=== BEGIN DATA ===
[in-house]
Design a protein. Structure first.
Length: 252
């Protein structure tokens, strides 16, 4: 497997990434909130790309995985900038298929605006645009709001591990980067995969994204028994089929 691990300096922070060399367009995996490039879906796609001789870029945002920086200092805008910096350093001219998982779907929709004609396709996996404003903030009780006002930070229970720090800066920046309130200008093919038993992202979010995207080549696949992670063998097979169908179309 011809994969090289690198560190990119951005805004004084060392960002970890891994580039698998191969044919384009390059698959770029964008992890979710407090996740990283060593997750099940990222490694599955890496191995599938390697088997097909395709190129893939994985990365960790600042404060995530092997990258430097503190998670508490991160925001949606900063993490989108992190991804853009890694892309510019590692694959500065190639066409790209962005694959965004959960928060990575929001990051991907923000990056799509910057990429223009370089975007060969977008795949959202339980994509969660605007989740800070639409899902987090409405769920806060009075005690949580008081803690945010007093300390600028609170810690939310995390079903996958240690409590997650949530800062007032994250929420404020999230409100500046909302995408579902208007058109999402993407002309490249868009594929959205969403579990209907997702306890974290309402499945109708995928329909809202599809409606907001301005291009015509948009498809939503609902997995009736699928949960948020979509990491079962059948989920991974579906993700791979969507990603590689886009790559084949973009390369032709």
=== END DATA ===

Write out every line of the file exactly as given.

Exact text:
[in-house]
Design a protein. Structure first.
Length: 252
């Protein structure tokens, strides 16, 4: 497997990434909130790309995985900038298929605006645009709001591990980067995969994204028994089929 691990300096922070060399367009995996490039879906796609001789870029945002920086200092805008910096350093001219998982779907929709004609396709996996404003903030009780006002930070229970720090800066920046309130200008093919038993992202979010995207080549696949992670063998097979169908179309 011809994969090289690198560190990119951005805004004084060392960002970890891994580039698998191969044919384009390059698959770029964008992890979710407090996740990283060593997750099940990222490694599955890496191995599938390697088997097909395709190129893939994985990365960790600042404060995530092997990258430097503190998670508490991160925001949606900063993490989108992190991804853009890694892309510019590692694959500065190639066409790209962005694959965004959960928060990575929001990051991907923000990056799509910057990429223009370089975007060969977008795949959202339980994509969660605007989740800070639409899902987090409405769920806060009075005690949580008081803690945010007093300390600028609170810690939310995390079903996958240690409590997650949530800062007032994250929420404020999230409100500046909302995408579902208007058109999402993407002309490249868009594929959205969403579990209907997702306890974290309402499945109708995928329909809202599809409606907001301005291009015509948009498809939503609902997995009736699928949960948020979509990491079962059948989920991974579906993700791979969507990603590689886009790559084949973009390369032709």